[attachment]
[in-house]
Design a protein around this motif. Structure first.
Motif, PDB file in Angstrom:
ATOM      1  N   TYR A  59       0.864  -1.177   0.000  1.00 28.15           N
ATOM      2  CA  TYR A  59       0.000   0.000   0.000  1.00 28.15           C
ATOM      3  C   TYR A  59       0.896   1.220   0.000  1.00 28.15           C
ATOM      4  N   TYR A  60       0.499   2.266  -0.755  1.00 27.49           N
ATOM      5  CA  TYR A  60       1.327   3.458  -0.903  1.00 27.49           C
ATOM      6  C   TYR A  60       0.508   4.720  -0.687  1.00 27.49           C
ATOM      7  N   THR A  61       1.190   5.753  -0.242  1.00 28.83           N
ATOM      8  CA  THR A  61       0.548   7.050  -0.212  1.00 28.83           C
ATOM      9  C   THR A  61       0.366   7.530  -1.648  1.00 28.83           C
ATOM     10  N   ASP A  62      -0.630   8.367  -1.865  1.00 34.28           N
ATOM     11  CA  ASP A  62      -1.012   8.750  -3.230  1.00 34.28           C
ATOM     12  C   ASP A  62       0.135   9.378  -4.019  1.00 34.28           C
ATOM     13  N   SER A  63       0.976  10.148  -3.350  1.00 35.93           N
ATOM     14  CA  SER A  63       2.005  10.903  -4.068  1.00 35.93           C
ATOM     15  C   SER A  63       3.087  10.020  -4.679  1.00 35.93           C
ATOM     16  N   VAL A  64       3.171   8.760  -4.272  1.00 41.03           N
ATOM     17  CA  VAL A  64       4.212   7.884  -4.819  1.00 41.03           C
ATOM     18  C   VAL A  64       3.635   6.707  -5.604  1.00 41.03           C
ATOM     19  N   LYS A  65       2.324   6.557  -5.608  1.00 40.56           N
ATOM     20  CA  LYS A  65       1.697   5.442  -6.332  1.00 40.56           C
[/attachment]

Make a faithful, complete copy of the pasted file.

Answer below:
[in-house]
Design a protein around this motif. Structure first.
Motif, PDB file in Angstrom:
ATOM      1  N   TYR A  59       0.864  -1.177   0.000  1.00 28.15           N
ATOM      2  CA  TYR A  59       0.000   0.000   0.000  1.00 28.15           C
ATOM      3  C   TYR A  59       0.896   1.220   0.000  1.00 28.15           C
ATOM      4  N   TYR A  60       0.499   2.266  -0.755  1.00 27.49           N
ATOM      5  CA  TYR A  60       1.327   3.458  -0.903  1.00 27.49           C
ATOM      6  C   TYR A  60       0.508   4.720  -0.687  1.00 27.49           C
ATOM      7  N   THR A  61       1.190   5.753  -0.242  1.00 28.83           N
ATOM      8  CA  THR A  61       0.548   7.050  -0.212  1.00 28.83           C
ATOM      9  C   THR A  61       0.366   7.530  -1.648  1.00 28.83           C
ATOM     10  N   ASP A  62      -0.630   8.367  -1.865  1.00 34.28           N
ATOM     11  CA  ASP A  62      -1.012   8.750  -3.230  1.00 34.28           C
ATOM     12  C   ASP A  62       0.135   9.378  -4.019  1.00 34.28           C
ATOM     13  N   SER A  63       0.976  10.148  -3.350  1.00 35.93           N
ATOM     14  CA  SER A  63       2.005  10.903  -4.068  1.00 35.93           C
ATOM     15  C   SER A  63       3.087  10.020  -4.679  1.00 35.93           C
ATOM     16  N   VAL A  64       3.171   8.760  -4.272  1.00 41.03           N
ATOM     17  CA  VAL A  64       4.212   7.884  -4.819  1.00 41.03           C
ATOM     18  C   VAL A  64       3.635   6.707  -5.604  1.00 41.03           C
ATOM     19  N   LYS A  65       2.324   6.557  -5.608  1.00 40.56           N
ATOM     20  CA  LYS A  65       1.697   5.442  -6.332  1.00 40.56           C